These facilities have been managed by the city since they were converted into prison facilities in 1996. The building was originally built between 1911 and he 1922 and was home to the Cole Motor Car Co. before its dissolution in 1925. Over the past century or so, the property has been used by various tenants, namely Service Supply Co. was a prominent supplier of industrial fasteners in the mid-20th century United States.
Andrews added that the project is intended to serve as the gateway to Indianapolis’ eastern side, bridging a downtown that has long been divided by interstate and railroad tracks.
The 1820 Ventures project was selected over submissions from Third Street Ventures and TWG Development LLC. Each of these suggested similar uses such as apartments, office spaces, retail stores, and parking components.
TWG’s $63.6 million project called for a total of about 200 apartment units, three more floors to be built on top of the existing APC building, and over 300 parking spaces. A $77 million project, Third Street’s proposal required approximately 150 units of Jail II and his entire APC to be configured into office space and his first-floor parking lot. It also included approximately 30,000 square feet of artist studios and commercial space between buildings, much of which would have been along Market Street.
According to city officials, 1820 Ventures is the only company deeply involved in neighborhood organizations such as the Holy Cross Neighborhood Association and the Coal Noble Commercial Arts District, which Stevenson said was important to the group’s site plans. Felt.
“What do you think [this area] It’s always been that way, but today, we’re poised to make big changes…in a fairly short period of time,” he said. It’s about getting what you need because they have different needs in terms of usage.
Scotty Z. Wilson, President of the Holy Cross Neighborhood Association, said: One site, one block at a time, he hopes this brings us closer to reimagining the possibilities of Indianapolis’ urban community. ”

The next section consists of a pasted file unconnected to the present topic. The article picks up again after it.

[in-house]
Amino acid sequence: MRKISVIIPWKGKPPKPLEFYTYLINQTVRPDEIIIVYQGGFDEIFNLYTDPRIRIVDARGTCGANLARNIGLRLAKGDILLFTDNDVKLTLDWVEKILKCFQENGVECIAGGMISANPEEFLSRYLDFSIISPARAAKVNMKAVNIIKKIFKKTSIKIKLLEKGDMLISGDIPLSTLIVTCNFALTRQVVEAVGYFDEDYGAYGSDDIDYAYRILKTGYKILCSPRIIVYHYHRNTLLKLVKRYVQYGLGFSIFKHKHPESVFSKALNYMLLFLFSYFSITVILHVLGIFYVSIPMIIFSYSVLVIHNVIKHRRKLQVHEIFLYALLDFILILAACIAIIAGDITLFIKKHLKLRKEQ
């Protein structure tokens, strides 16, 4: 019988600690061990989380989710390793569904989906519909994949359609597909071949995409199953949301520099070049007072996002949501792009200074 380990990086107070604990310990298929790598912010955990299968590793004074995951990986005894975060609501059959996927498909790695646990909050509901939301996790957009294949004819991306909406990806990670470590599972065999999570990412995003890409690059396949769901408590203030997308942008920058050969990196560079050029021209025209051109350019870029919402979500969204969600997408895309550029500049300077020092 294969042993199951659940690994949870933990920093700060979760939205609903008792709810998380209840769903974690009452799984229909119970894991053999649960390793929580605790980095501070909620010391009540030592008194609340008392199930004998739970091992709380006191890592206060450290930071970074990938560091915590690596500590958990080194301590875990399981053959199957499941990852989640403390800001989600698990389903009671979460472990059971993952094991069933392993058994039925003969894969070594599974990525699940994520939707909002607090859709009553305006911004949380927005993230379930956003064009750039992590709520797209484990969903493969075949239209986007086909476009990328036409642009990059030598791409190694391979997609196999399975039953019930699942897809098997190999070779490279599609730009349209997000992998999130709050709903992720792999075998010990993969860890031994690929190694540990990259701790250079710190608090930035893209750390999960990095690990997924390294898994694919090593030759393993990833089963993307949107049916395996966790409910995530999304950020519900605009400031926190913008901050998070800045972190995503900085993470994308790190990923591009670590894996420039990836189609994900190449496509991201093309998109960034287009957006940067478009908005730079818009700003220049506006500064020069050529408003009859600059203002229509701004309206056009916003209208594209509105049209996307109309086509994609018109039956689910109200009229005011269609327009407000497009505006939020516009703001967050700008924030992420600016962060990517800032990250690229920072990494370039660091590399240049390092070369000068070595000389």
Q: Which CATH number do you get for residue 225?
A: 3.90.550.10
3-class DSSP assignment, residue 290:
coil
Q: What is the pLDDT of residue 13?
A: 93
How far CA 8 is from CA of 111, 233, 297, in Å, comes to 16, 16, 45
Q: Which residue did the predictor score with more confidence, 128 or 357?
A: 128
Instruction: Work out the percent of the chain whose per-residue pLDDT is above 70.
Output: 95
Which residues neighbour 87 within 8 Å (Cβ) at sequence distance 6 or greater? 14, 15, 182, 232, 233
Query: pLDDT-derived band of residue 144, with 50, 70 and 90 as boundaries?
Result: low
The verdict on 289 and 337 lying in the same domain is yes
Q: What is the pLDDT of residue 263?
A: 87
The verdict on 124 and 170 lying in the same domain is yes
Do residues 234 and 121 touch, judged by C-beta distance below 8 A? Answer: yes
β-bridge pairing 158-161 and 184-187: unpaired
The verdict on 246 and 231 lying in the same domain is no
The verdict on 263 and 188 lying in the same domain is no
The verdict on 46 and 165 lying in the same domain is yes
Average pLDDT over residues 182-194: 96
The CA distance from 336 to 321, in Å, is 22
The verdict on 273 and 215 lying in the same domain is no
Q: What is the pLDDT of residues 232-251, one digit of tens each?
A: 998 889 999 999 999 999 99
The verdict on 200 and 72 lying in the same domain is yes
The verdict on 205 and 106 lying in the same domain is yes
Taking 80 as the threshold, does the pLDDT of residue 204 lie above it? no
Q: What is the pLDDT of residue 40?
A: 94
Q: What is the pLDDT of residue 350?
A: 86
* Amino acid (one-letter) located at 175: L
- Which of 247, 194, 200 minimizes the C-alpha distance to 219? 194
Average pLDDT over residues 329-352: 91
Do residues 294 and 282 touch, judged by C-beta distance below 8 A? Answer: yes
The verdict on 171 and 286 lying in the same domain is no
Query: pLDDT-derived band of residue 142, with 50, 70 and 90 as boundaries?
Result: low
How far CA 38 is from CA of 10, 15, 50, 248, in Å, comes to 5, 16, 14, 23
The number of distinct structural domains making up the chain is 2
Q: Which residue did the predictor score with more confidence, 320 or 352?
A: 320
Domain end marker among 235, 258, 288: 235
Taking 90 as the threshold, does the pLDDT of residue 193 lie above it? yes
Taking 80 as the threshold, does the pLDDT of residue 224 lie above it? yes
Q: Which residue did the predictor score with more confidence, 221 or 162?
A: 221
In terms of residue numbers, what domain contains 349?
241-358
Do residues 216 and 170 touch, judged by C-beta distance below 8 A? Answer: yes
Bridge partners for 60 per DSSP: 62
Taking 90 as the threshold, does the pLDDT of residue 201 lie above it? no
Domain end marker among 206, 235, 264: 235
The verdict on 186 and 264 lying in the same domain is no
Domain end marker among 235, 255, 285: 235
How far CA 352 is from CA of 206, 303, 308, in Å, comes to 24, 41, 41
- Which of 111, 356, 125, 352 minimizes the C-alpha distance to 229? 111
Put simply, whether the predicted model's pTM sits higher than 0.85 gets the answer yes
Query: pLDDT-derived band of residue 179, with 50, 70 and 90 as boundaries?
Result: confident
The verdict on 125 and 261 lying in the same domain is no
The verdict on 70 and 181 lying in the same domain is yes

Cole-Noble District President Jill White was a member of the selection committee that ultimately selected 1820 Ventures’ project.She said neither of the other developers reached out to her to discuss their project.
“Jeremy… “They came to us before the project was submitted to the city and they asked for opinions,” White said. came back to tell us what they were able to get from what we said.I think their plan suits us very well.”
Englewood Community Development Corp. was also in the group, and Stevenson personally met Joe Cole, the grandson of the Cole Motor Co. founder, to learn about the building’s history and importance to Indianapolis.
The decision was “partly practical, but a little emotional,” he said.
Cole still owns the building on College Avenue, where Sun King Brewing is located, but sold the industrial building to Service Supply in the 1960s.
The project is expected to be mostly privately funded, with some funding coming from members of Fred Abel LLC, a group of 20 local investors who own the Elevator Hill campus. The involvement of the group’s members has yet to be confirmed, but Stevenson said it will be on an individual basis. IBJ Media co-owners Nate Feltman, Mickey Maurer and Bob Schloss are all members of the Fred Abel group. According to Stephenson, outside investors can also be used for development.
1820 Ventures is expected to work with the city to determine potential incentives for the project in the coming months. This could come in the form of developer-backed tax-raising loan bonds, similar to what other developments have received in recent years. The project may also qualify for federal historic exemptions, state redevelopment exemptions, and new markets tax exemptions.
Stevenson said his company will continue to guide the vision of the region, while continuing to engage with the community and other groups that want to have a say in its direction. .
“Would you like to bring someone into the room to help generate ideas?” he said. “We’re not the only ones to have ideas. In fact, most of our ideas come from other people who are far better than ourselves. So how do we bring that to the table?” ?
A preliminary timeline for the project calls for full construction of the APC and Prison II buildings to begin in early 2023.